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The Russian Factor

  • Geir HønnelandEmail author
Chapter

Abstract

Russia’s relations with the West have been at the heart of Russian political philosophy and Russia’s foreign policy outlook for centuries. By the nineteenth century, two well-defined but separate camps had crystallized: Westernizers versus Slavophiles. We can trace the alternating dominance of the one camp over the other also in post-Soviet foreign policy, and relations with Norway have followed these wider fluctuations: openness to Western influence in the early post-Cold War years, and a resurgence of scepticism and suspicion in the late 1990s. This chapter engages with the Russian idea that the West is trying to encircle Russia in the Arctic and shows how Western ambitions in the European Arctic met the harsh Russian reality around the turn of the millennium.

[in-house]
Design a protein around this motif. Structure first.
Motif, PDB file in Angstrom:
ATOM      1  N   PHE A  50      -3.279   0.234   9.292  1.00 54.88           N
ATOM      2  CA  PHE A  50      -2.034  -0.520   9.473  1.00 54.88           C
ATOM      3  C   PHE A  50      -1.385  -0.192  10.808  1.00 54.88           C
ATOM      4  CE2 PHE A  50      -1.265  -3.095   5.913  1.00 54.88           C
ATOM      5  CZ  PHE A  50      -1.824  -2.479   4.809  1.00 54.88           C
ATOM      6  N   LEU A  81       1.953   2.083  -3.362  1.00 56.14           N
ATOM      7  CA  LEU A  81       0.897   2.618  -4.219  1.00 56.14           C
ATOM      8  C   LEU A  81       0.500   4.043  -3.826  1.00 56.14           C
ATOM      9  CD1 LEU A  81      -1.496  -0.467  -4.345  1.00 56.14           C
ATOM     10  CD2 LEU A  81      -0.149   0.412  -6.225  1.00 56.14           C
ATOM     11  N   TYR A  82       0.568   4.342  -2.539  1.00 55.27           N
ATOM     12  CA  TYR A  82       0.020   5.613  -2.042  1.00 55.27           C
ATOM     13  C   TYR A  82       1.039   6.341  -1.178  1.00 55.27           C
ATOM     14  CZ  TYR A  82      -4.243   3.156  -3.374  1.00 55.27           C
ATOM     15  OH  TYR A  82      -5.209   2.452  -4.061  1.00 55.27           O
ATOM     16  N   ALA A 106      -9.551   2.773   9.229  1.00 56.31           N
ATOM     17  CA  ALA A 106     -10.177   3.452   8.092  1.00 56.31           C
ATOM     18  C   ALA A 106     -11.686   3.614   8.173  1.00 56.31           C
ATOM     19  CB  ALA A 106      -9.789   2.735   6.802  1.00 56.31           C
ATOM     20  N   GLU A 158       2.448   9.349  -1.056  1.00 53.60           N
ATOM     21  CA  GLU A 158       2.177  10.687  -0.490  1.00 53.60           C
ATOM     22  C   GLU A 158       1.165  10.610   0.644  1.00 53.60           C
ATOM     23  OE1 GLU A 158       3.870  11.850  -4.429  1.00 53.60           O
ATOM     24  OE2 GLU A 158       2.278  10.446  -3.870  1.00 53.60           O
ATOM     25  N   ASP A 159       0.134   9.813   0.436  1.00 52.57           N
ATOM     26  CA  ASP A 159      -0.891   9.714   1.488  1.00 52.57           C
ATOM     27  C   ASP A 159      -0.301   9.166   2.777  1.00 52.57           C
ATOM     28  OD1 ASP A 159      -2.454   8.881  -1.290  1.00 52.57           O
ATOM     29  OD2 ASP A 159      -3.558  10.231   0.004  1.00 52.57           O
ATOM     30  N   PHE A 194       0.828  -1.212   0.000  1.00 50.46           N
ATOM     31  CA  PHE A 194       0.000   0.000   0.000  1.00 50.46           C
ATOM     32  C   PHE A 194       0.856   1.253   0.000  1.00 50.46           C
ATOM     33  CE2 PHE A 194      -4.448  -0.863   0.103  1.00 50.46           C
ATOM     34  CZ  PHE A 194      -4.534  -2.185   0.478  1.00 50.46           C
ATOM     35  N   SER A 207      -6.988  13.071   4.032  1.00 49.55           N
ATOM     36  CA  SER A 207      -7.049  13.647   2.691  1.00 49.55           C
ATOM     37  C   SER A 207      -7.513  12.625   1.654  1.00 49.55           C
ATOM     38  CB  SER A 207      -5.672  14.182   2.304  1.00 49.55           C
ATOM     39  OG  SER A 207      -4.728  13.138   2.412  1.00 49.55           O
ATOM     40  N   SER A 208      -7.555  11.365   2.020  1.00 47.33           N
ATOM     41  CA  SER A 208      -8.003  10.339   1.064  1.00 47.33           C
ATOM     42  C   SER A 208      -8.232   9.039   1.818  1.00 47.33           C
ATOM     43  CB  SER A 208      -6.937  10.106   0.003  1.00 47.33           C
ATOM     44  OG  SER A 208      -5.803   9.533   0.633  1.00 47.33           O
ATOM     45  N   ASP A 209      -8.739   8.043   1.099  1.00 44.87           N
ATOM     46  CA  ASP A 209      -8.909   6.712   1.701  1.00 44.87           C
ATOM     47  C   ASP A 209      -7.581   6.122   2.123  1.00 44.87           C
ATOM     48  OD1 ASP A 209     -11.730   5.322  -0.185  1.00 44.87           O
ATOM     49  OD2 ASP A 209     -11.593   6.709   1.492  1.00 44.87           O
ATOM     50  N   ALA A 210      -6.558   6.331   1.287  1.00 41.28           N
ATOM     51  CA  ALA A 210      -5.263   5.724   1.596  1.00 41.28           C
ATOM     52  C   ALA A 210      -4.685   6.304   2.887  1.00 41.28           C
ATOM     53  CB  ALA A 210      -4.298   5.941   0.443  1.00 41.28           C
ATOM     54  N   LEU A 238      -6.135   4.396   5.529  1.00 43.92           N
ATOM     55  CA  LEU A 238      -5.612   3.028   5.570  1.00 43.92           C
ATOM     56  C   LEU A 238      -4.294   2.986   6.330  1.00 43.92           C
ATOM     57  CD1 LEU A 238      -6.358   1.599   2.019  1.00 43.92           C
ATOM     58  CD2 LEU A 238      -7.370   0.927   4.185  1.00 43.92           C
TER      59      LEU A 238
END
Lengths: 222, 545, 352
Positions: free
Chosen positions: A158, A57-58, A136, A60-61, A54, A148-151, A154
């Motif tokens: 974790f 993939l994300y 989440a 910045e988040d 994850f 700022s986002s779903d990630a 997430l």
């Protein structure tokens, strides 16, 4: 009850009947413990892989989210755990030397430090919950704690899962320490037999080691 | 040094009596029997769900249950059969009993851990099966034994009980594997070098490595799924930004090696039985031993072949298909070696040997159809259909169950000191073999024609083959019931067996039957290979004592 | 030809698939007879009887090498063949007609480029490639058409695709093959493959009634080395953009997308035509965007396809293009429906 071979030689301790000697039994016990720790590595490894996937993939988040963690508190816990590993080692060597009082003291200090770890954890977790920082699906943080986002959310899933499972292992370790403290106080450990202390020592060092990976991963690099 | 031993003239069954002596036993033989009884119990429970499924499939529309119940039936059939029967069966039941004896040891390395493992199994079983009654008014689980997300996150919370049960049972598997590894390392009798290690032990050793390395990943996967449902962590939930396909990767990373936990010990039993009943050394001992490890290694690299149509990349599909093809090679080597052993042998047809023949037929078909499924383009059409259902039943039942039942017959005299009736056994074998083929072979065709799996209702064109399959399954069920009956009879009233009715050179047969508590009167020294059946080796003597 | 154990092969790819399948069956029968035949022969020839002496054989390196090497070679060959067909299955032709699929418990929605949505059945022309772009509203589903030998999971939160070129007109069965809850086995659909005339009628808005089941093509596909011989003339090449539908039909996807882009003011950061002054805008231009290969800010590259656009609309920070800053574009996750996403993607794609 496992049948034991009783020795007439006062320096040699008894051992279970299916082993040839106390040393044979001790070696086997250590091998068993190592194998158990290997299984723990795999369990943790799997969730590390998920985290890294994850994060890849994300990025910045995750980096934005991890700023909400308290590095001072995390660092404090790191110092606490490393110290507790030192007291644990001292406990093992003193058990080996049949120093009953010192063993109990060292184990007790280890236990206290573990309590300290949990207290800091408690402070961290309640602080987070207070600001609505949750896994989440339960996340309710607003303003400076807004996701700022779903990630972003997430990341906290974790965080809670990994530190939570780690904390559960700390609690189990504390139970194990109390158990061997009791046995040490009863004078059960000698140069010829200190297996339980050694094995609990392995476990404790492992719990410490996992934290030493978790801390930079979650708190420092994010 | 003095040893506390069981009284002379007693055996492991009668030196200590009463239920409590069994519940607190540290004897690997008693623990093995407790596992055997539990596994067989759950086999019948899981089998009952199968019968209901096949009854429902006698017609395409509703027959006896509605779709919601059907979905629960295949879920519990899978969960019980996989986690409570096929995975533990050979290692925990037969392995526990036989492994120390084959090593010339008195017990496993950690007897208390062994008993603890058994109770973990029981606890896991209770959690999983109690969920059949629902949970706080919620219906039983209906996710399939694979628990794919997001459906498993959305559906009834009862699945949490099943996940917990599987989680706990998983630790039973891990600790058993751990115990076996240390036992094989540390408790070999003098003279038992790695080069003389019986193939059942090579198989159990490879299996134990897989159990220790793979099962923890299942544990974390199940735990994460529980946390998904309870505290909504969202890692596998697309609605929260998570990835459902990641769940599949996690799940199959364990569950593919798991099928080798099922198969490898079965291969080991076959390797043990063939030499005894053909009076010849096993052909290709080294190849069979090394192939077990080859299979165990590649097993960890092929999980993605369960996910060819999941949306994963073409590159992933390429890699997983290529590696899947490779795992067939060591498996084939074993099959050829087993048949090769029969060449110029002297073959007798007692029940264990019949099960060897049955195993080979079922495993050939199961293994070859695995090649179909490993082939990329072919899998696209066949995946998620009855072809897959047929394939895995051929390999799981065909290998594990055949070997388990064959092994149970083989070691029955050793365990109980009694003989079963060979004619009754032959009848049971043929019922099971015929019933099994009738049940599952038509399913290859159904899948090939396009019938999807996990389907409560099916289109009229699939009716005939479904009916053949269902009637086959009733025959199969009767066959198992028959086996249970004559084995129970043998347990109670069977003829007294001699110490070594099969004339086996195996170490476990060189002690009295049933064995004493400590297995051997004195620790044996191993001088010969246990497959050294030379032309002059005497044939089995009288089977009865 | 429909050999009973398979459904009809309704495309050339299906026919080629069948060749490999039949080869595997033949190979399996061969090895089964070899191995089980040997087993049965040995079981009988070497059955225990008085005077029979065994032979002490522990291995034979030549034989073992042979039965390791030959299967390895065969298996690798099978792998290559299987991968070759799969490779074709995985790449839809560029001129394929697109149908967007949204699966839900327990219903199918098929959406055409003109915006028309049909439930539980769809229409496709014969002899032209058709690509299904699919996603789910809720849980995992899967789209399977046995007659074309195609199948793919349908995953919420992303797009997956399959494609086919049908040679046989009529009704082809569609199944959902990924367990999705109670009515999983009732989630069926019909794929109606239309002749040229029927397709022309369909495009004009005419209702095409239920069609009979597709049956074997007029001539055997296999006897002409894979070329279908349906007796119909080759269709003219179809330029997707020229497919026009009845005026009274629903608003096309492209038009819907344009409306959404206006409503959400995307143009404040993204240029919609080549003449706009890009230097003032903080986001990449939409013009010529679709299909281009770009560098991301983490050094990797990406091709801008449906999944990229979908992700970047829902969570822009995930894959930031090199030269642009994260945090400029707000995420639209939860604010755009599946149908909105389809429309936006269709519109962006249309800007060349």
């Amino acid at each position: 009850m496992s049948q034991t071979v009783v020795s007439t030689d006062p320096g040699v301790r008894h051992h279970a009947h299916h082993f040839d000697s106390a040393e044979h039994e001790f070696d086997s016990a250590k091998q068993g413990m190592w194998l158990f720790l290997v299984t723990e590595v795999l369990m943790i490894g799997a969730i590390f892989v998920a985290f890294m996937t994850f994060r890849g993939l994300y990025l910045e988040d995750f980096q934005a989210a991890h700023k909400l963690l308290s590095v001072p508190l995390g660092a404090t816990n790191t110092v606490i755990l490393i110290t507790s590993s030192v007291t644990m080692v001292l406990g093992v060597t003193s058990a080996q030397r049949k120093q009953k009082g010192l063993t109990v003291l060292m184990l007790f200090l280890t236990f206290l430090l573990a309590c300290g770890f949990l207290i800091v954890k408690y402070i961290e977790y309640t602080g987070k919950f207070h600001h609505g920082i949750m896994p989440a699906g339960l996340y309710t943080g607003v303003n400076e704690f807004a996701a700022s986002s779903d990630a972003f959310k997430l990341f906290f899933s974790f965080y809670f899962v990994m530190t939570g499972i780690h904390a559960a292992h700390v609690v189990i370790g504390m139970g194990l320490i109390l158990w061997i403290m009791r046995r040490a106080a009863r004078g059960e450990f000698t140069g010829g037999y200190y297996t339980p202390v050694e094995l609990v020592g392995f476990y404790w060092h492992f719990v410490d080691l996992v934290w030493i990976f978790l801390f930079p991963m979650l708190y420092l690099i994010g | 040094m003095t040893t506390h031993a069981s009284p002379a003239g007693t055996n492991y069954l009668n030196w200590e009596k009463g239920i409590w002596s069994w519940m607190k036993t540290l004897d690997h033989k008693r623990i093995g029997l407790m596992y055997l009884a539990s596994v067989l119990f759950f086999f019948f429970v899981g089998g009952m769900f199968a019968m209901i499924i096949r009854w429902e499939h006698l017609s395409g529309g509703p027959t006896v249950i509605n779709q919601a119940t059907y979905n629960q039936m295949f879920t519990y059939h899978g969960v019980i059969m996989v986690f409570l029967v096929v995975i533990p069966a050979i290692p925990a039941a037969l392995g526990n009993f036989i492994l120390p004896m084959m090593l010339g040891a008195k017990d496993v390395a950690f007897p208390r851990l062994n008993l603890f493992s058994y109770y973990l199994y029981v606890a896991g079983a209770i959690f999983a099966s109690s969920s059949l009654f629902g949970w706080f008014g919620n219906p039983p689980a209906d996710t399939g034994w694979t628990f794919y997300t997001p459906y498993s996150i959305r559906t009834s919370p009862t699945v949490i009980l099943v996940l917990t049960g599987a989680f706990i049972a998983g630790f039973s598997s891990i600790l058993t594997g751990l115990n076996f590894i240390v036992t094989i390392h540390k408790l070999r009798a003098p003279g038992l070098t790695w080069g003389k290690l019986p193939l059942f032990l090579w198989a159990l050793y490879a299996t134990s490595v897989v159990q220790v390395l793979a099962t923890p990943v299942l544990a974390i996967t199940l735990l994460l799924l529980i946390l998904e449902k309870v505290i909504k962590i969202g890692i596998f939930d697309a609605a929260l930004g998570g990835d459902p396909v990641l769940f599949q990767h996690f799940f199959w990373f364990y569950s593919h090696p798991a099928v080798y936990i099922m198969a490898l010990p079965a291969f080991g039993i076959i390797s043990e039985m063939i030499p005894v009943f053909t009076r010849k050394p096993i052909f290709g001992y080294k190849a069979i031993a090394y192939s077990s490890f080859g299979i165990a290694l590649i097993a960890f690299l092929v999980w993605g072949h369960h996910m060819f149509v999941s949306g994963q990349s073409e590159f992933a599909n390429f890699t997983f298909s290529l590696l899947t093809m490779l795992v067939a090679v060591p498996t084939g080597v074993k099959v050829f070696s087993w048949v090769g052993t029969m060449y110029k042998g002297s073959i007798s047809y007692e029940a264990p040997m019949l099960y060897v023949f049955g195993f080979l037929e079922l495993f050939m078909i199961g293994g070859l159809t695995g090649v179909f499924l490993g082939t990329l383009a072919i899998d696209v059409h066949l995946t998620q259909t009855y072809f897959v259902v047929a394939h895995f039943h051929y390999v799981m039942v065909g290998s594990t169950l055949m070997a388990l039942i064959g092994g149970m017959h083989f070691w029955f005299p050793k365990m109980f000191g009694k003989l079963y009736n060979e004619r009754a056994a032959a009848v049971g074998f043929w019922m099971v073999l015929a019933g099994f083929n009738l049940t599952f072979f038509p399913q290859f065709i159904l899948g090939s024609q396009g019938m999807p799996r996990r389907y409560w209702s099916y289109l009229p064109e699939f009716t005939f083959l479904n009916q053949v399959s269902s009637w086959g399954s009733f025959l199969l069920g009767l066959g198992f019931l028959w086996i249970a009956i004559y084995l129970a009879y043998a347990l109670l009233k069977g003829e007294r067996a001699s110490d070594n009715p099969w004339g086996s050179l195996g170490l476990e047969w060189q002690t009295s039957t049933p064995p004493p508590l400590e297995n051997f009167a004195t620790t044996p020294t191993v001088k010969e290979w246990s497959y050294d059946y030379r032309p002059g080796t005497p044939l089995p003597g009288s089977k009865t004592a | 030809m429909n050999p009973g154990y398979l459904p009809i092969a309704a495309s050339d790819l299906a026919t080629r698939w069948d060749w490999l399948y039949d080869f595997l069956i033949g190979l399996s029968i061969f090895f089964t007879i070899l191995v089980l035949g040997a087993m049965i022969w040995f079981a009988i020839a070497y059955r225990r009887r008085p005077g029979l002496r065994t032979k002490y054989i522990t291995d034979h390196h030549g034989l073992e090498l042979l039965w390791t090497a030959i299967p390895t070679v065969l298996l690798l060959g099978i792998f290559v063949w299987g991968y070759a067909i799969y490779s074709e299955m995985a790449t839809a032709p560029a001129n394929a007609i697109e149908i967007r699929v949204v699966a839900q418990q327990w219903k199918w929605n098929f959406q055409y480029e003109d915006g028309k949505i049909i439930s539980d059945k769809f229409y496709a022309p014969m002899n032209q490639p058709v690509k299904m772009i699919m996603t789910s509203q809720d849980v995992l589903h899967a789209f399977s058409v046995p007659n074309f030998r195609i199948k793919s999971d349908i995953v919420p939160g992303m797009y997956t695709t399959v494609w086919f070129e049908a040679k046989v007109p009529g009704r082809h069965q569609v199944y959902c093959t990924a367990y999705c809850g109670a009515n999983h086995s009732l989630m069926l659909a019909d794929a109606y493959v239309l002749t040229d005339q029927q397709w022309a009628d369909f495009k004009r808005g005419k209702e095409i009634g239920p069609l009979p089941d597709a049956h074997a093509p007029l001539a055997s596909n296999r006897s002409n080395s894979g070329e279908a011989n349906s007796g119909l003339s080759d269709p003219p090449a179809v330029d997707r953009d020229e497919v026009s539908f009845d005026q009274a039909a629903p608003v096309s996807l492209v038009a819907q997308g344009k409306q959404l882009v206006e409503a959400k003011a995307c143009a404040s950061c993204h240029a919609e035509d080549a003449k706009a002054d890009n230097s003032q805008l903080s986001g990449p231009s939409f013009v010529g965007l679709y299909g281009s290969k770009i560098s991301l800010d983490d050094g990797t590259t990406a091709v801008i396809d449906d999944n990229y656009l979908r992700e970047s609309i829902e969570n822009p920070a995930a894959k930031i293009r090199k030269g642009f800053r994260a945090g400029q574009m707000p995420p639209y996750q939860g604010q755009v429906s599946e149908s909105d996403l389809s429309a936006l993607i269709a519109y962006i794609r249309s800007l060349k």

Keywords

Russian foreign policy Russia and the west Barents region 

References

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Copyright information

© The Author(s) 2017

Authors and Affiliations

  1. 1.Fridtjof Nansen InstituteOsloNorway

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